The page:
A belated summary, delayed by lots of travel and events.
The main publication for May was my lengthy report for the ECFR, Putin’s Hydra: inside Russia’s intelligence services, which I’m pleased to say has become its most-read product yet. The summary is:
Far from being an all-powerful “spookocracy” that controls the Kremlin, Russia’s intelligence services are internally divided, distracted by bureaucratic turf wars, and often produce poor quality intelligence – ultimately threatening the interests of Vladimir Putin himself.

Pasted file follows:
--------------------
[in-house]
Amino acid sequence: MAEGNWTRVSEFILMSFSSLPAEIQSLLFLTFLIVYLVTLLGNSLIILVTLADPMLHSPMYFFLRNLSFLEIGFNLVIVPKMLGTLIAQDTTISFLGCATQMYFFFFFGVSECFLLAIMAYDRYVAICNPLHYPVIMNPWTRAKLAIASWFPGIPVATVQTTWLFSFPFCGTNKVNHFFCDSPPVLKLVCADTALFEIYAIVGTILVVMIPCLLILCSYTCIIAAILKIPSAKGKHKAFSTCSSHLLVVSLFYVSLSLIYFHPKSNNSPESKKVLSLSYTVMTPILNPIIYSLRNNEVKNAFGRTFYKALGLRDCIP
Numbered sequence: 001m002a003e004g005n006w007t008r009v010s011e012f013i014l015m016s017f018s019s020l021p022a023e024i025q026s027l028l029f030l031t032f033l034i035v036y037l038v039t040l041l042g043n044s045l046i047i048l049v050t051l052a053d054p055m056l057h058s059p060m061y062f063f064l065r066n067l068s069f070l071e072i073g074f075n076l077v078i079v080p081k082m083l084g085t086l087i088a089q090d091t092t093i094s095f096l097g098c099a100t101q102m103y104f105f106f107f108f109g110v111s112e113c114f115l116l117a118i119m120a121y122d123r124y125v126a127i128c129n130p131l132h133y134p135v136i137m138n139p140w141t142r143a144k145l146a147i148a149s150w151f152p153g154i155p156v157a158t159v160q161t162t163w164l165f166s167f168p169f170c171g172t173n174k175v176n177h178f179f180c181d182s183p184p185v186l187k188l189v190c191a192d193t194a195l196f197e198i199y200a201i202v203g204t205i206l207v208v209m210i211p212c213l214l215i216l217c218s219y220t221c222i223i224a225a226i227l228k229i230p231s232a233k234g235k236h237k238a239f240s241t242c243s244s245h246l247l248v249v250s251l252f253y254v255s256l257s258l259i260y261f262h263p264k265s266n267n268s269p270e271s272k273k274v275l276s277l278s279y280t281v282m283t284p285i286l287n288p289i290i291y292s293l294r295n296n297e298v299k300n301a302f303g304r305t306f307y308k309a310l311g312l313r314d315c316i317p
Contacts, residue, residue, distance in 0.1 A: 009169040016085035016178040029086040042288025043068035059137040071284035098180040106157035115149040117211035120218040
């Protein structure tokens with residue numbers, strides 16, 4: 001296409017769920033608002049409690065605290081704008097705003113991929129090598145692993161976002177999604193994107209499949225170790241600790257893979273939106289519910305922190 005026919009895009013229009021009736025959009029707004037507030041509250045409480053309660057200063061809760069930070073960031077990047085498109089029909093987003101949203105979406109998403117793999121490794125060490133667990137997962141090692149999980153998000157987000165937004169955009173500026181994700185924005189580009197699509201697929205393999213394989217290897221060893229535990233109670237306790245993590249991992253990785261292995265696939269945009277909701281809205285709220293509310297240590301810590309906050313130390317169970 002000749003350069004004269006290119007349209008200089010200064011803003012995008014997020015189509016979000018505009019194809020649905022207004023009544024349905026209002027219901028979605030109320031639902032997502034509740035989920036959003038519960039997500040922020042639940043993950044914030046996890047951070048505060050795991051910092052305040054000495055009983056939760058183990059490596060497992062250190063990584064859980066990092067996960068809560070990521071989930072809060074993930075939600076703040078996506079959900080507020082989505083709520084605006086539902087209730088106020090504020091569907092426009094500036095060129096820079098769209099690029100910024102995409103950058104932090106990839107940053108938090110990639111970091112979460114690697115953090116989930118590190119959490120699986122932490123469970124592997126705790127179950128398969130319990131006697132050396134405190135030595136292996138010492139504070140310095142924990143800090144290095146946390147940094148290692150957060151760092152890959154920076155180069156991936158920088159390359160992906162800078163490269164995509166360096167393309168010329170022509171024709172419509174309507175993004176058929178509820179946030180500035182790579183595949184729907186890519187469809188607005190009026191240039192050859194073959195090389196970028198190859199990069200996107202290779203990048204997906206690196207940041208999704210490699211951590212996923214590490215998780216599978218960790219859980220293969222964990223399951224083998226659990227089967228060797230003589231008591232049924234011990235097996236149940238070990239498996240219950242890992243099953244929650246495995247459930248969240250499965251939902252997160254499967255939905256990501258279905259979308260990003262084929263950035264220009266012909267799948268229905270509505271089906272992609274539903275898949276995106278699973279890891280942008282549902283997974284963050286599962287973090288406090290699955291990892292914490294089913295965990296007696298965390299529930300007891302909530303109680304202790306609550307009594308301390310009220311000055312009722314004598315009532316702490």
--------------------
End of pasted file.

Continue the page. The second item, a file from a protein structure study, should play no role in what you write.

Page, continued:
Drawing on extensive interviews with former and current intelligence officials, “Putin’s hydra: Inside Russia’s intelligence services” explains how the spy agencies really work, and argues that Europe’s view of them is patchy and based on outdated caricatures.
The paper punctures the myth that the agencies are the power behind the throne in Russia. They are firmly subordinated to the Kremlin, and Putin plays them off against one another. They are not…
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